Derby Field

After 150 Kentucky Derbys, Louisville Knows Sports

Hosting NCAA tournament hoops ‘a smashing success’

Earlier this month, The Wall Street Journal declared our community “the college basketball capital of the world,” stating that Louisville has “entered a rarified group of cities with…[an] unhinged devotion to a single sport.”

Last week, everyone who found themselves in downtown Louisville would have agreed as we watched a sea of blue engulf our streets during the NCAA Division I Men’s Basketball Championship Second and Third Round, bringing an estimated $6 million in new green to our community.

By nearly every account, the event was a smashing success. It started on Wednesday when 10,000 Wildcat faithful filled the lower bowl at the KFC Yum! Center to watch their team practice. The energy continued the next day, with three dramatic games decided by one point and UK cruising to victory in front of a packed house.

With the river receding and UK advancing on to the Sweet 16 on Saturday, the first full day of spring was magical in downtown. It started early with the Rodes City Run, and included JAMfest Nationals, the Ford Motor Company Kentucky Derby Festival Spelling Bee, the Lion King, three performances of the Humana Festival of New American Plays and, of course, two games at the KFC Yum! Center.

Just how did this extraordinary hoops fest come together in the face of flood waters, bridge construction, the patching of potholes and an abundance of other activities?


Behind the scenes, a partnership of dedicated men and women worked tirelessly to ensure great experiences for the teams, coaches and fans from the eight universities that participated in the start of March Madness.

The University of Louisville’s Athletic Department led the way by attracting a championship-level event. No university has hosted more post-season sports competition during the past 10 years and no athletic department works harder to execute the stringent guidelines that come with hosting NCAA tournaments. UofL and its partner inside the arena, the outstanding management team from AEG, delivered at such a high level that an NCAA representative said, “There’s just not a lot of room for improvement in tournament operations in Louisville.”

Sports reporters from The Washington Post, USA Today, The New York Times and The Los Angeles Times were effusive in their praise of the arena and for our eclectic hospitality industry. CBS Sports and its partners carried approximately 16 hours of live programming, and veteran broadcaster Verne Lundquist lauded the Louisville experience while on air. ESPN provided live inserts that enhanced the tournament’s energy and excitement.

Local restaurants, bars, hotels and attractions ramped up their game and earned rave reviews from visitors. And the eight hotels that served as team hosts were spectacular in showing our penchant for Southern hospitality.

Louisville Metro Police Special Events unit was masterful in organizing and overseeing the safety and comfort of tens of thousands of visitors who came to downtown – many for the first time – when road closures and recommended routes were changing hourly due to high water. With MSD in the lead, Louisville Metro Public Works, Solid Waste Management, Metro Parks and Waterfront Development pulled together to help with road cleanup, street sweeping in advance of events, as well as logistics and operations to ensure road closures were handled efficiently and in quick order.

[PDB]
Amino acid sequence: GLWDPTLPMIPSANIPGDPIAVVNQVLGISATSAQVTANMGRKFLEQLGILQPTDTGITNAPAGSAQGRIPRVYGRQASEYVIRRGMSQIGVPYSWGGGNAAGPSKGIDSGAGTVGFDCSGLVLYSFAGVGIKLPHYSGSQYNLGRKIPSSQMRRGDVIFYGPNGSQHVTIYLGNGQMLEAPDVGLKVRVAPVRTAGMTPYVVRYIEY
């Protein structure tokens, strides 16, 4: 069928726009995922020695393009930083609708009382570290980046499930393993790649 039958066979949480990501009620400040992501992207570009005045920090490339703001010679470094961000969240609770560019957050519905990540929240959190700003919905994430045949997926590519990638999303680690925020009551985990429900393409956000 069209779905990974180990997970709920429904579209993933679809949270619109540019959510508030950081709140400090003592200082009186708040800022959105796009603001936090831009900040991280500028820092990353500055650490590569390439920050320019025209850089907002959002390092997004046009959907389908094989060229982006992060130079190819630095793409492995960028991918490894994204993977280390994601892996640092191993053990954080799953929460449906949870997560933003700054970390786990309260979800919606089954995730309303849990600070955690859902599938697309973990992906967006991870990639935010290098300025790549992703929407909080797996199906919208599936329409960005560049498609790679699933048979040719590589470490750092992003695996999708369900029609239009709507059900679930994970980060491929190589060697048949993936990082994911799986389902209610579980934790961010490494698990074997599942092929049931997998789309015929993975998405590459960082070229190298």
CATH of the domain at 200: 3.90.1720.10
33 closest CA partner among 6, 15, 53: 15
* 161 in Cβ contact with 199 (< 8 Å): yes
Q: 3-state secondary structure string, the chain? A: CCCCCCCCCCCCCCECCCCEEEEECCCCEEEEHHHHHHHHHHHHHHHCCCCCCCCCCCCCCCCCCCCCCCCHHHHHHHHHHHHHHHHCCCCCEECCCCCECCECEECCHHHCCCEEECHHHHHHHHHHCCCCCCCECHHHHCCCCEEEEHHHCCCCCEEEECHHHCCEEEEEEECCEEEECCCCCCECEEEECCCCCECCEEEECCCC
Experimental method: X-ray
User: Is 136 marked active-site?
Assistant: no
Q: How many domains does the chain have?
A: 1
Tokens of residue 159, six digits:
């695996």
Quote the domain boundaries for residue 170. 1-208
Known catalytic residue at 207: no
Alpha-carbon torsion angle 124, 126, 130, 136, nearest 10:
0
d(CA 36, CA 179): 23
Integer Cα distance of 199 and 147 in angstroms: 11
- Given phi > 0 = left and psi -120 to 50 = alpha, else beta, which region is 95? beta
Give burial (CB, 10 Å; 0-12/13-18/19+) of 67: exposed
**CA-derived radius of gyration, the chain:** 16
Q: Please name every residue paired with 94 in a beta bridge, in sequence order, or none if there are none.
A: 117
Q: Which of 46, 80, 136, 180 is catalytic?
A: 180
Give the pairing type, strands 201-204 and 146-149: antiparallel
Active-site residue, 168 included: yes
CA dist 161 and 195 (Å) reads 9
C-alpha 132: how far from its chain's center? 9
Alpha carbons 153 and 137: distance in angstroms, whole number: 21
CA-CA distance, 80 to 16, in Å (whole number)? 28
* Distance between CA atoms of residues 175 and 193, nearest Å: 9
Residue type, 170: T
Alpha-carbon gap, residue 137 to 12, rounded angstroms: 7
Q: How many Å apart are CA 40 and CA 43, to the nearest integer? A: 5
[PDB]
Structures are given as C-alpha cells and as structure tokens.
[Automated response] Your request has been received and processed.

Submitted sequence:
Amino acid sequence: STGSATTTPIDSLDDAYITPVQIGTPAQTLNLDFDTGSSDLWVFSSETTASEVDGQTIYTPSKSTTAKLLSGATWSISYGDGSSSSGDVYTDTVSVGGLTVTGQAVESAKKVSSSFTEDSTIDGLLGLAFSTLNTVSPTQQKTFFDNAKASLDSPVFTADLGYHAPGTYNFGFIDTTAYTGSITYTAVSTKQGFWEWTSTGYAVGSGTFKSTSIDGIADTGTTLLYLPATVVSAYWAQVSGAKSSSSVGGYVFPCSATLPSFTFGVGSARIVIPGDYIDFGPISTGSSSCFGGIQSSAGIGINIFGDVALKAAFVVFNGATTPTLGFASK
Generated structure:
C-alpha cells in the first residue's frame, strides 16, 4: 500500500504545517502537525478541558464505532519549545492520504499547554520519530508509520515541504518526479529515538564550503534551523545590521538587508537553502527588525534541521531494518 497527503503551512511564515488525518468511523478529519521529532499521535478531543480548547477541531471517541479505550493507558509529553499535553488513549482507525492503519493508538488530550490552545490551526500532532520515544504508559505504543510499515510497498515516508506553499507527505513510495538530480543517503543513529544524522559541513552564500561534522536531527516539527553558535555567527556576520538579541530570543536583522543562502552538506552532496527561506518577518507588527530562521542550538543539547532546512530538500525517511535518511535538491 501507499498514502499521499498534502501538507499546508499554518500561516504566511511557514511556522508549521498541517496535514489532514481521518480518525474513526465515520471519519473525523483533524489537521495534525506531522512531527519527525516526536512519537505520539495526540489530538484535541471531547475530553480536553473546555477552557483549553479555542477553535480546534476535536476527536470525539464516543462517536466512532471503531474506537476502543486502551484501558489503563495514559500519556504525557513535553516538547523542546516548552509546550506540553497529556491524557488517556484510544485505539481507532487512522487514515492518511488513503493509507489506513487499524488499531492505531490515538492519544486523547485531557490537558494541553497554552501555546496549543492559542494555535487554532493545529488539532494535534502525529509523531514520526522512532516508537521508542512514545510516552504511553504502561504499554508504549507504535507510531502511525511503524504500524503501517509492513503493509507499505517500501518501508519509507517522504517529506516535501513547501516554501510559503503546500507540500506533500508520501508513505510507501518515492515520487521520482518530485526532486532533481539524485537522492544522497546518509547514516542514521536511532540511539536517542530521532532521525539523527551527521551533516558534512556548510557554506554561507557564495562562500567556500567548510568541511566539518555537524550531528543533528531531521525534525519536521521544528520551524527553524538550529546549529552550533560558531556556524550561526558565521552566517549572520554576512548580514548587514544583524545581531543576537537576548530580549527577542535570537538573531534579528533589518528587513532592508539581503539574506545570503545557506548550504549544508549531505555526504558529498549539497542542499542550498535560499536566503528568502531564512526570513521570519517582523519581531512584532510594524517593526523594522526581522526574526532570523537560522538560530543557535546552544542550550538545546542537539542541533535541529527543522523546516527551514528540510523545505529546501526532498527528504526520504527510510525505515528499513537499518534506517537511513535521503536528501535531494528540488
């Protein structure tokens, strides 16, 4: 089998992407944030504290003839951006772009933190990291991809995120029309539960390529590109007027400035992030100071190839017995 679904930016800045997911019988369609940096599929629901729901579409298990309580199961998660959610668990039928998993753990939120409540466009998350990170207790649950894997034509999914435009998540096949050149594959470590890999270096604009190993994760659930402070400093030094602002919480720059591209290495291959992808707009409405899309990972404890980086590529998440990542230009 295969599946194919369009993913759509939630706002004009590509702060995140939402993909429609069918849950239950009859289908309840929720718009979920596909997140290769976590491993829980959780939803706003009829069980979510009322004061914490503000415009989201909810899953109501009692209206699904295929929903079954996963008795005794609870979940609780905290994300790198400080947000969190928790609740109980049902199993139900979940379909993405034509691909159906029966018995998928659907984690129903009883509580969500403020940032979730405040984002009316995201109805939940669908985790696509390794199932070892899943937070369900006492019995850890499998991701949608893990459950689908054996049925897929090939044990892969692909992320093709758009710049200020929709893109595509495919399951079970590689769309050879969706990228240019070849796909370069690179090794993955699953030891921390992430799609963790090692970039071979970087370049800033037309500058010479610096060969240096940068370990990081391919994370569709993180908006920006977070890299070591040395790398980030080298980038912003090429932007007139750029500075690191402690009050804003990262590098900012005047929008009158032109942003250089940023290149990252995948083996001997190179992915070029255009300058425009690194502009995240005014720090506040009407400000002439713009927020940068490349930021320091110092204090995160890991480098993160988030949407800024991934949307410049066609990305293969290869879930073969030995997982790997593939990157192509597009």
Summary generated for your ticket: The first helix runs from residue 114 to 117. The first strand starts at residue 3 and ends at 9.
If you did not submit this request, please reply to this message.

Downtown parking became complicated as flooding eliminated more than 1,500 spots. Again, through creative partnerships, local service support teams stayed one step ahead of mayhem. PARC quickly reopened garages and identified alternative parking options, and Jefferson County Technical College allowed the use of its parking lots.

The mayor’s office helped roll out a communications plan that urged fans in Lexington and other parts of the Commonwealth to arrive early. City officials used social media – #LouParks – to provide real-time information for those coming into downtown, especially important during peak business hours when available parking was at a premium.

Many of our downtown establishments created entertainment options for all visitors, even those without game tickets. Patrick O’shea’s and Troll Pub closed Washington Street for a family-friendly fan party and Fourth Street Live! provided interactive games for the young and young of heart.

The Louisville Convention and Visitors Bureau (LCVB) support services team created a tournament-specific website – – with extensive information about dining and entertainment options, transportation and parking, and much more. And it was hard to miss the LCVB’s welcome messages hanging from street signs and prominently placed in restaurant windows throughout downtown and the increased number of Ambassadors provided by Louisville Downtown Development as a fan information resource.

Thanks to all who shared their expertise, hard work and passion in hosting this tournament, including hundreds of additional volunteers who gave so graciously of their time. Working together, we will continue to see major sporting events come back to our community on a regular basis.